“It doesn’t matter how stable or unstable the majority is. What’s most important for me is that reforms are carried out and that the Seimas is capable of voting and adopting decisions,” the president told reporters on Tuesday.
“We also have a sufficiently responsible opposition that I believe will help the government to adopt the necessary decisions, especially when it comes to reforms. So, I think there’s not much room for blackmail,” she said.
Grybauskaitė said that she did not wish a minority government scenario. She believes that there are a sufficient number of responsible politicians, both in the ruling parties and in the opposition, who understand the importance of key reforms.
One of such reforms, the planned overhaul state forestry enterprises, has recently created tensions between the Lithuanian Farmers and Greens Union (LFGU) and the Lithuanian Social Democratic Party (LSDP).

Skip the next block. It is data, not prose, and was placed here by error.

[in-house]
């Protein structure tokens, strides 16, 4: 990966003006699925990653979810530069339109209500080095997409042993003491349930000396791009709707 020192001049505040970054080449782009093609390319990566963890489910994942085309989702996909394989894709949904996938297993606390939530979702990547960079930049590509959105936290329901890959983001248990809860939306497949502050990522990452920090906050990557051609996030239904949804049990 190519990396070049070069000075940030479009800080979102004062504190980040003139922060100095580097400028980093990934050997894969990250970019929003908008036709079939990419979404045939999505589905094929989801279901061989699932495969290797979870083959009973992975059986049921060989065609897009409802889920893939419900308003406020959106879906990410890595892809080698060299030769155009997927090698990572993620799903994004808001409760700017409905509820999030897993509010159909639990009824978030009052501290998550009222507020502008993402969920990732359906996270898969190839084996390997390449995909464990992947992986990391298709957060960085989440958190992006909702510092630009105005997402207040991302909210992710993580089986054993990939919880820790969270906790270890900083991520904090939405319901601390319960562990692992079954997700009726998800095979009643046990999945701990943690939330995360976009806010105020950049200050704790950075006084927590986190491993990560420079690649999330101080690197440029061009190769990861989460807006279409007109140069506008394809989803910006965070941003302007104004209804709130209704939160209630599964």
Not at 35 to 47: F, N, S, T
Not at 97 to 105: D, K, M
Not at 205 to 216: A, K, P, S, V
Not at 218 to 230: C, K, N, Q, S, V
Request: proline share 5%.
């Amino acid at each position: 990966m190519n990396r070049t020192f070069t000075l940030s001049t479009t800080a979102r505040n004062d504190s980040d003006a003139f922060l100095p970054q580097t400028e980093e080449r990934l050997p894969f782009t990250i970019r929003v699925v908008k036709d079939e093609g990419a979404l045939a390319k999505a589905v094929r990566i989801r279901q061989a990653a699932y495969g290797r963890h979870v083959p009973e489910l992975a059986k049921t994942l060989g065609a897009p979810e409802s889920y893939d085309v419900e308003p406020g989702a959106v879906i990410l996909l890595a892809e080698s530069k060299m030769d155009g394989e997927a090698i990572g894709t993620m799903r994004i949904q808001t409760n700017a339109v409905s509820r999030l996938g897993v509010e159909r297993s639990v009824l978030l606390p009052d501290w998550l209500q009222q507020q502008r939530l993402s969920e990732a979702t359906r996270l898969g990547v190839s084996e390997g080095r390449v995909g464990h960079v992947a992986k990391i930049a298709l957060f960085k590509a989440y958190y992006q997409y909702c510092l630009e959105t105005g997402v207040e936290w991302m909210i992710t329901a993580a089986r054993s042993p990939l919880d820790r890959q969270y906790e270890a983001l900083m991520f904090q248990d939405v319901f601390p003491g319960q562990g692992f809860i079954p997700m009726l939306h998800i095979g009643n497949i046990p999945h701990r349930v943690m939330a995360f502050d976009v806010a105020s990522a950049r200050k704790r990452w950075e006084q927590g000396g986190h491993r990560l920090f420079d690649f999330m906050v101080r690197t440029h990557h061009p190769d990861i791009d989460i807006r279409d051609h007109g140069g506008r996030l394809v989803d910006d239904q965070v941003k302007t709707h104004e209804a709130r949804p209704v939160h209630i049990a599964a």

“We need that reform and it is not so important if it is approved in the form it has been submitted to the Seimas or certain compromises will be sought,” Grybauskaitė said.
The government’s proposal to reform the management of state forests did not get a single vote from the Social Democrats during the first reading at the Seimas, but the bill cleared that stage thanks to support from opposition lawmakers from the Homeland Union–Lithuanian Christian Democrats and the Liberal Movement.